His reps at McCaffrey Talent Management told Deadline that he died Saturday of COVID complications.
Born in Iran of Armenian descent in 1943, Mangassarian came to the U.S. in the mid-1960s, working in theater and occasionally returning to Iran, where he had roles in films including some by Iranian director Samuel Khachikian. He eventually landed his first Hollywood role in “The South’s Shark” (1978).
By the mid-’80s, he began scoring guest shots on such popular series as “The Fall Guy,” “The A-Team,” “Sledge Hammer!” and “Murder, She Wrote.” Mangassarian would work steadily through the 2010s, guesting on shows including “Murphy Brown,” “Falcon Crest,” “Jake and the Fatman,” “NYPD Blue” and “JAG,” along with some telefilms.
Mangassarian landed a key role in Cyrus Nowrasteh’s 2008 film “The Stoning of Soraya M.,” playing the father of a young woman sentenced to death amid false charges. Starring Shohreh Aghdashloo and Jim Caviezel, the film won an NAACP Image Award, took prizes at the Los Angeles and Ghent film festivals and was nominated for the People’s Choice Award at the Toronto International Film Festival.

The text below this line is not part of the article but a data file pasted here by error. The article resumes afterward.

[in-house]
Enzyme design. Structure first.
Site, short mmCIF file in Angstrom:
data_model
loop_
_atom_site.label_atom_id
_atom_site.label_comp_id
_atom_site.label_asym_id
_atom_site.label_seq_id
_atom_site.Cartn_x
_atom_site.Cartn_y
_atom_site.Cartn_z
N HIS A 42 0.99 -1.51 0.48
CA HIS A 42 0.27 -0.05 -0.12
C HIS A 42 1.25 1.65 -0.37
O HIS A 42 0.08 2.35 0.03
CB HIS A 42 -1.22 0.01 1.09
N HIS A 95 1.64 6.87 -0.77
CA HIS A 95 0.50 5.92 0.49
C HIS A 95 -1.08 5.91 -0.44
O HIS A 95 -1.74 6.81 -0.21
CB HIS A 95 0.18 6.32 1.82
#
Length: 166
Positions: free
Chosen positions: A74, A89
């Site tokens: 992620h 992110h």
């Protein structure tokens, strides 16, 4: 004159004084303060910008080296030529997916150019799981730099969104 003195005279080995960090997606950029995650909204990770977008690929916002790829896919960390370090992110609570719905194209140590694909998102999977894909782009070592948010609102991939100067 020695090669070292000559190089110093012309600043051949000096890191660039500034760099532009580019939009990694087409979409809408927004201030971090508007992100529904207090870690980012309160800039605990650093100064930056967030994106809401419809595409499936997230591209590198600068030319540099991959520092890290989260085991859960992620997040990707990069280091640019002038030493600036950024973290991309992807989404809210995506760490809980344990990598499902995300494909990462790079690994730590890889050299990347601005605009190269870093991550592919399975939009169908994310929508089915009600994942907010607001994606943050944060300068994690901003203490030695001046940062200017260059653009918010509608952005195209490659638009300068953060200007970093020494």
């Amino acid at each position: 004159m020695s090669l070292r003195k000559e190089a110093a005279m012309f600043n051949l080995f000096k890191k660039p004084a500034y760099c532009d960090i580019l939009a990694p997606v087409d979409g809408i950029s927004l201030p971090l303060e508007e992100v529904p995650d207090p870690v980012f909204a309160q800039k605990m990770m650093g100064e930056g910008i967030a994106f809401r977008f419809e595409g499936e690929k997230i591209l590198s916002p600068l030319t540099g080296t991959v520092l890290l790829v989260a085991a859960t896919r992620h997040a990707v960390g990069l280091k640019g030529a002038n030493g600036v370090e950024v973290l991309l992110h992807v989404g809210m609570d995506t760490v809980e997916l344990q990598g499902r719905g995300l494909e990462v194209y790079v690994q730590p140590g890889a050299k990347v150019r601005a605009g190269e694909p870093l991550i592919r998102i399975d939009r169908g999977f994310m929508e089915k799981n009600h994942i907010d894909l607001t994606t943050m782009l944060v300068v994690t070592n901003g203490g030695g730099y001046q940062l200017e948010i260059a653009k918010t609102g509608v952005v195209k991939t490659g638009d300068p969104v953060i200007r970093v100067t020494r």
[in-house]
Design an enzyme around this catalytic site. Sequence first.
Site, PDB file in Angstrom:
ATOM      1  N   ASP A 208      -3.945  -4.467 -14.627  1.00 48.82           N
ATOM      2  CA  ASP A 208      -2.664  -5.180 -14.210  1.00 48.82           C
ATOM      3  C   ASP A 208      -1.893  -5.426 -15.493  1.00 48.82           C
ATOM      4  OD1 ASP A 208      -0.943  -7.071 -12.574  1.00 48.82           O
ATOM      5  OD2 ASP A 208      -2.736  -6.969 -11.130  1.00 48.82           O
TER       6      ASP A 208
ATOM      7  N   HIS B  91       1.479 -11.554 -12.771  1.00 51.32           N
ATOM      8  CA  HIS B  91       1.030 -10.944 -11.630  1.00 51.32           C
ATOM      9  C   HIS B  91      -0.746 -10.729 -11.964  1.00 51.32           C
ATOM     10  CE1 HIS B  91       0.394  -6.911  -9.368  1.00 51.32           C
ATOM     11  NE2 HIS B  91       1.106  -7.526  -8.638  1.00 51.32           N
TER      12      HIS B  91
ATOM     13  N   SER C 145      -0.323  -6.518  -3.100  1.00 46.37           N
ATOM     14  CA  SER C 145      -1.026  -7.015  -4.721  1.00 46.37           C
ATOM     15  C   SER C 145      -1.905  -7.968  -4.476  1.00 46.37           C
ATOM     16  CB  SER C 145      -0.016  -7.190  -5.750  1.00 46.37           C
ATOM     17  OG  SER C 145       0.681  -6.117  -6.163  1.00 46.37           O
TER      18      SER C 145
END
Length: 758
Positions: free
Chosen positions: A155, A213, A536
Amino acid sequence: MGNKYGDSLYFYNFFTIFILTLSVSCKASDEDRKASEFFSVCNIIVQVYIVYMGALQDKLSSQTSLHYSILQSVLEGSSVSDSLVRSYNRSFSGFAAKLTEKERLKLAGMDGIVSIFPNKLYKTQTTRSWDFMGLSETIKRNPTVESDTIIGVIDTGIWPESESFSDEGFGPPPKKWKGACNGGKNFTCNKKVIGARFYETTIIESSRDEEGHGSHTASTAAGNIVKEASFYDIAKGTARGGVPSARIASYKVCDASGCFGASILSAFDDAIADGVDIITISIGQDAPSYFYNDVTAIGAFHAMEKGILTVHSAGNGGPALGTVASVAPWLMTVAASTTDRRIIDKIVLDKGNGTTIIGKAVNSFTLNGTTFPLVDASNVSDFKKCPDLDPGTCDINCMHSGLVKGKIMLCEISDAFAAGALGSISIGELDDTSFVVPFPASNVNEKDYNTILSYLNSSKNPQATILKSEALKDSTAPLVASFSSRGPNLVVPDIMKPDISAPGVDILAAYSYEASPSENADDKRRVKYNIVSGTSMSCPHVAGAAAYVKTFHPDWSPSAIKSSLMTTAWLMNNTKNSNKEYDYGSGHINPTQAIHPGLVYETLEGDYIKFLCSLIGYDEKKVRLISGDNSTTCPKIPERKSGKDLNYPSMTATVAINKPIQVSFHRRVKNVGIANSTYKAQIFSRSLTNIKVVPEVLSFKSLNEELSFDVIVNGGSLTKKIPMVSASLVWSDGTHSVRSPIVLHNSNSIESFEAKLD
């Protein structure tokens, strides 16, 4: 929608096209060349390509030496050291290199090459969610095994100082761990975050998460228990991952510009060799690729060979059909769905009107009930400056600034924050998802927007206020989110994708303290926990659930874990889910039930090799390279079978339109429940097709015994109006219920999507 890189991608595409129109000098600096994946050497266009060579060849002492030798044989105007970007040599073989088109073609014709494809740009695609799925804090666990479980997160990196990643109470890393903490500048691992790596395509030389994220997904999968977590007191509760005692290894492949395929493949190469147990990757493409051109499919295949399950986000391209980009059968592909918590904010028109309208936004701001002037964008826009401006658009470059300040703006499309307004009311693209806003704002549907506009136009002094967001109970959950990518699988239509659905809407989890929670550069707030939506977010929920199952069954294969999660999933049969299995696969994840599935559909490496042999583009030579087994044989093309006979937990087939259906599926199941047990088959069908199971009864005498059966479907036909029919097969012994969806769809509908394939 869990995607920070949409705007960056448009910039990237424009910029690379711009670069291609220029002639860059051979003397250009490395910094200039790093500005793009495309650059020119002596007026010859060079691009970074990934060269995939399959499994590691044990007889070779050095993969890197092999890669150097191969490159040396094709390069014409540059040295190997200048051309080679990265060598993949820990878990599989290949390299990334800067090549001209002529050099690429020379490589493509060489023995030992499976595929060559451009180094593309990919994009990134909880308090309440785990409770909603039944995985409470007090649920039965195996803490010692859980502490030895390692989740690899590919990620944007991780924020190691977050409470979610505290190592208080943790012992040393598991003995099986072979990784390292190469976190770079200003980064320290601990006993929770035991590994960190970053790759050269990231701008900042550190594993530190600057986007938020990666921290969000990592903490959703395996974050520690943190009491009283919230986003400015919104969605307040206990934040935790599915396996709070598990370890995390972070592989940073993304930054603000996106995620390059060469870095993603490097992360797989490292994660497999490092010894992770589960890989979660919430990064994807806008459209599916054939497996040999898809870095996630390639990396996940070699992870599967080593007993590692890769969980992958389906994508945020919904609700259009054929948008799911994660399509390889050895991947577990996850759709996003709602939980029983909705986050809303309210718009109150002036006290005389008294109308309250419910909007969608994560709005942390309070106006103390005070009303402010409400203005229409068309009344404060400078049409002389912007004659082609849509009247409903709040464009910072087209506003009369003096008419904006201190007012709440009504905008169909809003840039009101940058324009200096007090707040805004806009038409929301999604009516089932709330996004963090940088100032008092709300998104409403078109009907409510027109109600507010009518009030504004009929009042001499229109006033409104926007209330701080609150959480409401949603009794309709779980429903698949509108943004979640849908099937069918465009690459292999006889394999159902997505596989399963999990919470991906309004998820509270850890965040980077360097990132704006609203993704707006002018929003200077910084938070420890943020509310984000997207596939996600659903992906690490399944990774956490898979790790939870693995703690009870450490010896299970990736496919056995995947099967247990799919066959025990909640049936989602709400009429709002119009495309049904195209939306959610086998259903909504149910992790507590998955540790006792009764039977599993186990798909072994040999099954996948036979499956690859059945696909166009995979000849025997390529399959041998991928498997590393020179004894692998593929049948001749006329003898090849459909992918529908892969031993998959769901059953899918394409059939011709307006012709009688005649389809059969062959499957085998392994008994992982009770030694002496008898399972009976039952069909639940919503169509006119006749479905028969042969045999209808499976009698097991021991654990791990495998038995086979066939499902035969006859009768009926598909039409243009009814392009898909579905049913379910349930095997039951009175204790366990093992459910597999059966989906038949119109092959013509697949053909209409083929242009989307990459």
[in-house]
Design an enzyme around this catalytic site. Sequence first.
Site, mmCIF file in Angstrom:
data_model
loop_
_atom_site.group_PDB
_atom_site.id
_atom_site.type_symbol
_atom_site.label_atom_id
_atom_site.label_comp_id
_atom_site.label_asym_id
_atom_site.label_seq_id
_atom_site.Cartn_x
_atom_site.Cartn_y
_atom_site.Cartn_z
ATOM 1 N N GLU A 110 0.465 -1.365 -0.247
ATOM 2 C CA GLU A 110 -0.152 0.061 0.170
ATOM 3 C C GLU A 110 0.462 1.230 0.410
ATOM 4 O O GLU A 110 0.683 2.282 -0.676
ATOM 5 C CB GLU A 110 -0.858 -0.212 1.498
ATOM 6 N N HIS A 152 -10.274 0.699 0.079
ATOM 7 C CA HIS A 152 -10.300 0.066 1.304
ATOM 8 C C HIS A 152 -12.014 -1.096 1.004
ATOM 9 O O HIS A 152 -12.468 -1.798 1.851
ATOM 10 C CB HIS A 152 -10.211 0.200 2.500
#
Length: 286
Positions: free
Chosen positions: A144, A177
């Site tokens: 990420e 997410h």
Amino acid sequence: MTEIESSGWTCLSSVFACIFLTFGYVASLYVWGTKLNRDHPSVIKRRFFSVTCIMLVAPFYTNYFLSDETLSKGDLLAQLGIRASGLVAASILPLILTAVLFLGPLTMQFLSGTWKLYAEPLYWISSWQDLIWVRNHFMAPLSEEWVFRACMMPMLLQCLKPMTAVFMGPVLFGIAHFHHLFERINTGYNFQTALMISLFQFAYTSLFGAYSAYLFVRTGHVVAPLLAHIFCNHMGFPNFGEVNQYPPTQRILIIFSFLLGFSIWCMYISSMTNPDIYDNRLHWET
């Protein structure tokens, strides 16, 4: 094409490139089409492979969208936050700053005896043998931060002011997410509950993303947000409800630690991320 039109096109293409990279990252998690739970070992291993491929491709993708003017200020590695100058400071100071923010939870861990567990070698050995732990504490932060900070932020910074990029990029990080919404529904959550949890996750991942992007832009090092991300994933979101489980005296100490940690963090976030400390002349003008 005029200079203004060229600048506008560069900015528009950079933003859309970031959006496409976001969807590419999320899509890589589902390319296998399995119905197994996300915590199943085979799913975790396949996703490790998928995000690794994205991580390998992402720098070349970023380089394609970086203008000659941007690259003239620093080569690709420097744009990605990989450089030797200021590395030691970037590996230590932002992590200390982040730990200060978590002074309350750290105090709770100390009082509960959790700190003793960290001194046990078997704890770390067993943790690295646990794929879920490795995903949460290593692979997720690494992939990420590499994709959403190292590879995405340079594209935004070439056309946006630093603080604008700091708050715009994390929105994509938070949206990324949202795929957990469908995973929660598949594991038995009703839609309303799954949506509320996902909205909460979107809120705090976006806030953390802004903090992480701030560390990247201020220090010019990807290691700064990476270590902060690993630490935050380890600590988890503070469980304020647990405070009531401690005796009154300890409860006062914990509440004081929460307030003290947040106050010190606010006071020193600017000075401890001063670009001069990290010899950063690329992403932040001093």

Mangassarian also was instrumental in getting the script for “Lost and Found in Armenia” made into a movie, which got a U.S. theatrical release in 2012. It starred Angela Sharafyan and Jamie Kennedy and was the first time in Armenian cinematic history that Armenian and American actors performed in same feature.
After that, the actor continued to land guest-star TV roles on such series as Marvel’s “Agents of S.H.I.E.L.D.,” “Curb Your Enthusiasm” and “NCIS: Los Angeles.” Mangassarian also anchored his own radio and later television show, “The Armenian National Network” for 10 years.
Survivors include two sisters, Linda Lalaian of Glendale and Elda Hacopian of Maryland and their spouses; nephews Derek Hacopian and Ara Hacopian and niece Aida Hacopian.